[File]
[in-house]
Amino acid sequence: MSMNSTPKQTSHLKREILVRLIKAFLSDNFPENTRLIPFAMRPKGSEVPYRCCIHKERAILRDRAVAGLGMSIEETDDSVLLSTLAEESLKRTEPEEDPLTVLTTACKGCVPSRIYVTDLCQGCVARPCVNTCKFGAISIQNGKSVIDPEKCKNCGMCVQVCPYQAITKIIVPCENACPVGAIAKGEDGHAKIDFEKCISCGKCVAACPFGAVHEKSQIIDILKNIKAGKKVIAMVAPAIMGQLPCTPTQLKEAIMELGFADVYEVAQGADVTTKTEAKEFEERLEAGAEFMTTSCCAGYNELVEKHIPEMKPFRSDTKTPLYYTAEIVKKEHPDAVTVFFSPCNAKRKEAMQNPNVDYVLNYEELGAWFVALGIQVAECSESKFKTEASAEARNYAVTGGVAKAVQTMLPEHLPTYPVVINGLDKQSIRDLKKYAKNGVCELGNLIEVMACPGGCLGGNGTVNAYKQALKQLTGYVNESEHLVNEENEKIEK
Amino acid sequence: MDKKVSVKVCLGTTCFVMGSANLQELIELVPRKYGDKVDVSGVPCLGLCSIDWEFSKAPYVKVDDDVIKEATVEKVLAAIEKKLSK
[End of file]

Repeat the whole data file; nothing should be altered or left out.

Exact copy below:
[in-house]
Amino acid sequence: MSMNSTPKQTSHLKREILVRLIKAFLSDNFPENTRLIPFAMRPKGSEVPYRCCIHKERAILRDRAVAGLGMSIEETDDSVLLSTLAEESLKRTEPEEDPLTVLTTACKGCVPSRIYVTDLCQGCVARPCVNTCKFGAISIQNGKSVIDPEKCKNCGMCVQVCPYQAITKIIVPCENACPVGAIAKGEDGHAKIDFEKCISCGKCVAACPFGAVHEKSQIIDILKNIKAGKKVIAMVAPAIMGQLPCTPTQLKEAIMELGFADVYEVAQGADVTTKTEAKEFEERLEAGAEFMTTSCCAGYNELVEKHIPEMKPFRSDTKTPLYYTAEIVKKEHPDAVTVFFSPCNAKRKEAMQNPNVDYVLNYEELGAWFVALGIQVAECSESKFKTEASAEARNYAVTGGVAKAVQTMLPEHLPTYPVVINGLDKQSIRDLKKYAKNGVCELGNLIEVMACPGGCLGGNGTVNAYKQALKQLTGYVNESEHLVNEENEKIEK
Amino acid sequence: MDKKVSVKVCLGTTCFVMGSANLQELIELVPRKYGDKVDVSGVPCLGLCSIDWEFSKAPYVKVDDDVIKEATVEKVLAAIEKKLSK